New Director of Sustainability to guide University’s environmental stewardshipBy Greg Borzo
In a highly anticipated move, the University has appointed its first Director of Sustainability. Ilsa Flanagan, whose appointment became effective Monday, Nov. 17, will help make all aspects of the University’s operations more sustainable by assessing opportunities to mitigate its impact on the environment while also identifying areas for innovation.
In other words, Flanagan will help the University community manage its footprint by reducing its greenhouse gas emissions, improving energy efficiency and conserving natural resources, renovating and constructing “green” buildings, improving transportation options and recycling, among other initiatives.
“Ilsa will assist in permeating all aspects of our operations and capital program development with an awareness of the impact on our natural environment,” said Steven Wiesenthal, Associate Vice President for Facilities Services and University Architect. “She also will help identify ways to link our academic mission with our vision of an integrated sustainability program.”
Flanagan was most recently Senior Vice President and Director of Sustainable Development at LaSalle Bank/ABN AMRO. She earned a B.A. in Political Science from Moravian College and a J.D. from American University. She comes to Chicago after a comprehensive nationwide search that engaged University students and staff in the interviews with candidates.
“One of the things that attracted me to this position was the commitment the University already has made to sustainable development and environmental stewardship,” Flanagan said. “When I started at LaSalle Bank in 2005, sustainability was a relatively new concept. At the University, however, there is already a great deal of energy and enthusiasm for this work. My job, in part, will be to harness that energy.”
Flanagan brings to the University more than 13 years of public and private-sector experience working on social policy and environmental issues. “My experience has been that the two are interrelated and can’t be effectively addressed separately,” she said.
She also brings a keen business sense to the job, according to Wiesenthal. At LaSalle Bank, she led the organization’s North American Sustainable Development initiative to integrate social, environmental and economic considerations into its business practices and policies.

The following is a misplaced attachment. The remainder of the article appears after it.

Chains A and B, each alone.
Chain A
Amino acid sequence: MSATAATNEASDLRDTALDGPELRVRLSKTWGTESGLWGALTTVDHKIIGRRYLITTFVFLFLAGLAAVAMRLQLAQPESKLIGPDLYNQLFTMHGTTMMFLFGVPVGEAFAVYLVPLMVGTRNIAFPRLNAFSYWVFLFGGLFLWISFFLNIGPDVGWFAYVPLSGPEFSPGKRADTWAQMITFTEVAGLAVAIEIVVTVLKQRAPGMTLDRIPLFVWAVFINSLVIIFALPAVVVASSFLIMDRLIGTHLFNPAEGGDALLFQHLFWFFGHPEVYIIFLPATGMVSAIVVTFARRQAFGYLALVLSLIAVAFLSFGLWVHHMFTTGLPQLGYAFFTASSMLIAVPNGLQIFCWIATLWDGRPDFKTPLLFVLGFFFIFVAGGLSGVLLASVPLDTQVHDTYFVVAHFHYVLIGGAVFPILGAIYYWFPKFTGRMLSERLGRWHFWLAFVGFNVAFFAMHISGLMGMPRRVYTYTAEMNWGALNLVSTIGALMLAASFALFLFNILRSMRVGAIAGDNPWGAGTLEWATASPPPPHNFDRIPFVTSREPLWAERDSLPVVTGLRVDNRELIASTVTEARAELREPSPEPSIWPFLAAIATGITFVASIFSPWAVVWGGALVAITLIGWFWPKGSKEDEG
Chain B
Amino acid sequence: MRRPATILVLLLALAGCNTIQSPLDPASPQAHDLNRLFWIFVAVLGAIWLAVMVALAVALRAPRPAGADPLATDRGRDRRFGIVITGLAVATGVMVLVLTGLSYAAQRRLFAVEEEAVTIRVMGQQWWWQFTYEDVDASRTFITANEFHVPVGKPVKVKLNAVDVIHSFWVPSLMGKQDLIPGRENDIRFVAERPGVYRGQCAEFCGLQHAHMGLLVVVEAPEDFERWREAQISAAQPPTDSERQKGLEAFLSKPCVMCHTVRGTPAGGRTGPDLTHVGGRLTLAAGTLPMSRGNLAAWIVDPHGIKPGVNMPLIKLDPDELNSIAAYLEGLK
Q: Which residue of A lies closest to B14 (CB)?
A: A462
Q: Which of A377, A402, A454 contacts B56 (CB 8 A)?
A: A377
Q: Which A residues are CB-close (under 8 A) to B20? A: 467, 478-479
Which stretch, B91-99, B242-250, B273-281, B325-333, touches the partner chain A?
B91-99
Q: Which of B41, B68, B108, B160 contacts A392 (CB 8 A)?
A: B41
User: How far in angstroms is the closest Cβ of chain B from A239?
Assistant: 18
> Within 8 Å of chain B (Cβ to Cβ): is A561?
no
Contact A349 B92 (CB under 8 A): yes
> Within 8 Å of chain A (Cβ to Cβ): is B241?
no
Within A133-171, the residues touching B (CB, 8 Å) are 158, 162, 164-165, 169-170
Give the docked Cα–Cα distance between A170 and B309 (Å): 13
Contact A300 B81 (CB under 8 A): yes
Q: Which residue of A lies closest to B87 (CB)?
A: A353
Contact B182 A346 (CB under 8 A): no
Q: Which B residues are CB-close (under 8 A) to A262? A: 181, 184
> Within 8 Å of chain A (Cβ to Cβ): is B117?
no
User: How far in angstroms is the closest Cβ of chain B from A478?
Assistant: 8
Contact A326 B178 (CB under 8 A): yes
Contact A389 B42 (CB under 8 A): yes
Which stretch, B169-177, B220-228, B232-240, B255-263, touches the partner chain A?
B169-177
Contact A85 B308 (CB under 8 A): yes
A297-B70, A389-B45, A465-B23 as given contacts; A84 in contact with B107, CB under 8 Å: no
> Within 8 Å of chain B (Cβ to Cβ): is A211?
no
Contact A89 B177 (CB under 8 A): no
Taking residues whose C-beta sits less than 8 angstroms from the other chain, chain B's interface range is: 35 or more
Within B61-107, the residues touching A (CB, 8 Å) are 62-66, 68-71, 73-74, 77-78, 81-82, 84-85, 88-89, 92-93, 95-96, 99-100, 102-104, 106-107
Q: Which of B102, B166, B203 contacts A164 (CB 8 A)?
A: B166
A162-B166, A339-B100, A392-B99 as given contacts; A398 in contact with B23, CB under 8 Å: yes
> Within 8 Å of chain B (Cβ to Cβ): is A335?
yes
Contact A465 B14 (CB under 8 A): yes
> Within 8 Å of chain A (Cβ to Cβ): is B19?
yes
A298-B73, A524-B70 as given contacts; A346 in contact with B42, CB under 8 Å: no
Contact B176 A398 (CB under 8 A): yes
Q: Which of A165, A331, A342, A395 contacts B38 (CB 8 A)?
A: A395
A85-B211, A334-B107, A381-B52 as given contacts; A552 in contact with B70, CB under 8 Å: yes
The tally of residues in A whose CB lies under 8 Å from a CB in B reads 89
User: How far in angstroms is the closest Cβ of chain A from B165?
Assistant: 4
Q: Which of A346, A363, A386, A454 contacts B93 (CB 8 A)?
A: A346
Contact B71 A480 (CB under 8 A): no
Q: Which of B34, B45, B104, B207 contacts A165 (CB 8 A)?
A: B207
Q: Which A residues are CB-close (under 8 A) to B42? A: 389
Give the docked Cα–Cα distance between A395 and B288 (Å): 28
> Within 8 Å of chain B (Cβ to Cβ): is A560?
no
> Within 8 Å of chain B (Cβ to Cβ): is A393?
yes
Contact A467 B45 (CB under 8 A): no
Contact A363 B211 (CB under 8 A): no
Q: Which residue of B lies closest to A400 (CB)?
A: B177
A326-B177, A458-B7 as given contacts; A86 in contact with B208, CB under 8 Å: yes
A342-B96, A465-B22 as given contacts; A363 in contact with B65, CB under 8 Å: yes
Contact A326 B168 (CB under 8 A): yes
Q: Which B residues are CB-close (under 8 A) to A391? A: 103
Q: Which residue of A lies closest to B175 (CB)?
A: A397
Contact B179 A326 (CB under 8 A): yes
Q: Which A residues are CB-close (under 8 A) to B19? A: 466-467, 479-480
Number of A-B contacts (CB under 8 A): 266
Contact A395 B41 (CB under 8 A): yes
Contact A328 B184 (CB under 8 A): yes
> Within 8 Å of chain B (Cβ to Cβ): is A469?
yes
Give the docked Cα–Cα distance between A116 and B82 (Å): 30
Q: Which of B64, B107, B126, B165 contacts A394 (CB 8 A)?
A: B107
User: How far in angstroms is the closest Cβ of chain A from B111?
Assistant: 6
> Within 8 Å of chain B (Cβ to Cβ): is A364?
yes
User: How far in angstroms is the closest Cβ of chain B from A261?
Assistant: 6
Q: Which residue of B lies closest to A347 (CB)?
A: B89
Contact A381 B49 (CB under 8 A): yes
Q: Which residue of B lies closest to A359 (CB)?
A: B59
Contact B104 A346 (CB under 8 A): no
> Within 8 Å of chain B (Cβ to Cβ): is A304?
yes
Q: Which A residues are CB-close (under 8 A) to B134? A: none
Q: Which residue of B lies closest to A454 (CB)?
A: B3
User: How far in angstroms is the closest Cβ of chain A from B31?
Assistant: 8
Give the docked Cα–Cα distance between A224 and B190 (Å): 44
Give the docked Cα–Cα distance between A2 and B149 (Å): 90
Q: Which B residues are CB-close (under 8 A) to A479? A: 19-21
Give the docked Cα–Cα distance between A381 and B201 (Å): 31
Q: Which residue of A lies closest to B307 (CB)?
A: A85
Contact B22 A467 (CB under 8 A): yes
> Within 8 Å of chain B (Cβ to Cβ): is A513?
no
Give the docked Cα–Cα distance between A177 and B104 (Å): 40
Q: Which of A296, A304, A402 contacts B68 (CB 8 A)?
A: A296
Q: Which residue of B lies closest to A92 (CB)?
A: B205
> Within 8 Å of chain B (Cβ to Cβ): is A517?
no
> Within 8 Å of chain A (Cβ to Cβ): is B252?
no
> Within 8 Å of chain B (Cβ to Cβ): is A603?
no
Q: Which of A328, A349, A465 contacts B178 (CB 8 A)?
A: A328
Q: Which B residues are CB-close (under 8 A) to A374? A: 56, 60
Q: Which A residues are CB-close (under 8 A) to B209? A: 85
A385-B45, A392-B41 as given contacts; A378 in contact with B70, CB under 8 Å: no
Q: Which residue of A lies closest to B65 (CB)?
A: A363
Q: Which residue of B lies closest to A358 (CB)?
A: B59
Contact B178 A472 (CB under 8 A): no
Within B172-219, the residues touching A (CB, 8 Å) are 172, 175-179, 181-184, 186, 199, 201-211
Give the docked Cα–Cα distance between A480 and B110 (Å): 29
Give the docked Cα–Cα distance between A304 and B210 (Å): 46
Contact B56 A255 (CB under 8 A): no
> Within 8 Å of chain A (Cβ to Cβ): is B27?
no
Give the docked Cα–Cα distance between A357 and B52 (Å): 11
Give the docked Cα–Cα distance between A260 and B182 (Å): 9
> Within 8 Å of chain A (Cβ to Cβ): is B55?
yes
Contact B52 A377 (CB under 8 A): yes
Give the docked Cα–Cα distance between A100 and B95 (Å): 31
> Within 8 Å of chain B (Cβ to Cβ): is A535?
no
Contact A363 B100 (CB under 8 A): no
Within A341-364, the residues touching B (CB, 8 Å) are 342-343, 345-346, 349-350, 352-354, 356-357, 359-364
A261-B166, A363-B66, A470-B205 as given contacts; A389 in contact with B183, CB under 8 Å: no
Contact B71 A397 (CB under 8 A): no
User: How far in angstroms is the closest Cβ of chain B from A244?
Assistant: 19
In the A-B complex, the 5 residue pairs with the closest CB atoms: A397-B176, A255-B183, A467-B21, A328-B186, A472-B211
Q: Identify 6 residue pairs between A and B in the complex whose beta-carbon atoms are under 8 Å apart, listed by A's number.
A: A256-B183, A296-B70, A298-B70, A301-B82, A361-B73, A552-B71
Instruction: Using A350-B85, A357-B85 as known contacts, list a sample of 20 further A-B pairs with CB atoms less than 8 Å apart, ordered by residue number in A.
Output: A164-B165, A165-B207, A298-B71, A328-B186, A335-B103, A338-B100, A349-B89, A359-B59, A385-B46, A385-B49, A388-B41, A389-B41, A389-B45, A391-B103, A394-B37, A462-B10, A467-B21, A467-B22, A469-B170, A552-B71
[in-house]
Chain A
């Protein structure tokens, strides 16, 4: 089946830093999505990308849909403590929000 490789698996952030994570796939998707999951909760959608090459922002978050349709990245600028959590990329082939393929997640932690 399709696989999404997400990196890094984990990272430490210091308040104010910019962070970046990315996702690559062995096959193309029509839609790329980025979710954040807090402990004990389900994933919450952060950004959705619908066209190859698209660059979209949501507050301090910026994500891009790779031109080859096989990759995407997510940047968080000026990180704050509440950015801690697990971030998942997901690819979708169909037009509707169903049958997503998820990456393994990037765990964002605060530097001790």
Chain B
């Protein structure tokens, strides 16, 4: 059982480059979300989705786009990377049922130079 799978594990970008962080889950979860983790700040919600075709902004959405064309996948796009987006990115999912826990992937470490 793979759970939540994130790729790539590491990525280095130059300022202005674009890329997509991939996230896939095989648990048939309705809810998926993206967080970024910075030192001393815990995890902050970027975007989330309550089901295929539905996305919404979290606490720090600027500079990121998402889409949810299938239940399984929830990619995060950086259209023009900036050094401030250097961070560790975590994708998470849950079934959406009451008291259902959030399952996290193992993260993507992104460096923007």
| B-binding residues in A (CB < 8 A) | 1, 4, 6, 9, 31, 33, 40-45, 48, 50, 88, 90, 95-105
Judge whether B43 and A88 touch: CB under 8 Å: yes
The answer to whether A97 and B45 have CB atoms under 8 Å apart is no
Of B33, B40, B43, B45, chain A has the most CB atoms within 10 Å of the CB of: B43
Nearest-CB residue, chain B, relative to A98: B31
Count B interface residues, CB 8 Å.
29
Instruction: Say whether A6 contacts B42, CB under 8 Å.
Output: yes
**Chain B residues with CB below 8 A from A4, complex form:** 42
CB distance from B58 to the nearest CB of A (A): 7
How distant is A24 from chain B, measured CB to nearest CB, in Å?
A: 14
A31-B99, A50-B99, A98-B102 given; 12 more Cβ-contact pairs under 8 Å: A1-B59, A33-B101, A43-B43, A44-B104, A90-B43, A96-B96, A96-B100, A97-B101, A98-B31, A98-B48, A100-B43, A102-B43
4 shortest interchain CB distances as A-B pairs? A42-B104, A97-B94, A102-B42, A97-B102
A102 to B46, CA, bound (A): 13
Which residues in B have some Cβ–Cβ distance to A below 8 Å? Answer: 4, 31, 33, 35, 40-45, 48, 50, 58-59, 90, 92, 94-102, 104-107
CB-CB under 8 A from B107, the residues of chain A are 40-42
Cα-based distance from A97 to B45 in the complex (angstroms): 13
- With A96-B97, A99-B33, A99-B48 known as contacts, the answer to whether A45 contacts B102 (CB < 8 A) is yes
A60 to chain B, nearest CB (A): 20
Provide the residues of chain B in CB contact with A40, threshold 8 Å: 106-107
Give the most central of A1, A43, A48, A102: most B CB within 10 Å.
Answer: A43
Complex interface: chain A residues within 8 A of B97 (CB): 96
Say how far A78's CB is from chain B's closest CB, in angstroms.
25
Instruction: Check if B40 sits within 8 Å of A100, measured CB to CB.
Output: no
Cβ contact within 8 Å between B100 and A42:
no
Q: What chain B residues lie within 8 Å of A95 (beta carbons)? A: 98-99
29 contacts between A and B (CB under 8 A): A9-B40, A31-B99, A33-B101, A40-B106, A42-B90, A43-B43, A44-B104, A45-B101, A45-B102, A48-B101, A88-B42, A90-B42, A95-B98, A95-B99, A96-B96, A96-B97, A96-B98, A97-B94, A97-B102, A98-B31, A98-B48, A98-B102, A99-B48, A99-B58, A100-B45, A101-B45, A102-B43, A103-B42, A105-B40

“Here at the University, I am committed to making the business case for sustainability because I’ve found that this is more persuasive to an institution than just framing it as a moral imperative,” Flanagan said.
The University has been addressing sustainability concerns for years. Its Sustainability Council (www.sustainability.uchicago.edu) was founded in 2004 as a student-led initiative, and many other student groups, including the Green Campus Initiative and Green Awareness in Action, have worked to bring environmental issues to the forefront. Meanwhile, a number of faculty members and staff members, particularly staff in Facilities Services, vigorously support the University’s green initiatives.
Venkat Kumar, Director of Energy and Utilities Management in Facilities Services and a member of the Sustainability Council, believes that creating the new position of Director of Sustainability is not a symbolic gesture on the part of the University. “Rather, it’s a significant step that will institutionalize sustainability. It will give us cohesion and add to our momentum.”
Zoé VanGelder, co-chair of the Sustainability Council and a fourth-year student studying Anthropology and Latin American Studies with a focus on sustainable development, is hoping Flanagan will help realize some projects she has been promoting during the past few years. On VanGelder’s wish list is assessing and setting a plan to reduce the University’s carbon footprint, and the creation of an urban farm, which would engage the campus community and local residents to grow part of the food consumed on campus.
“It will take awhile for the new director to learn how things work around here, because this is such a large, complex organization,” VanGelder said. “Nevertheless, there are a lot of us who are gung-ho about sustainability and will support her in any way we can.”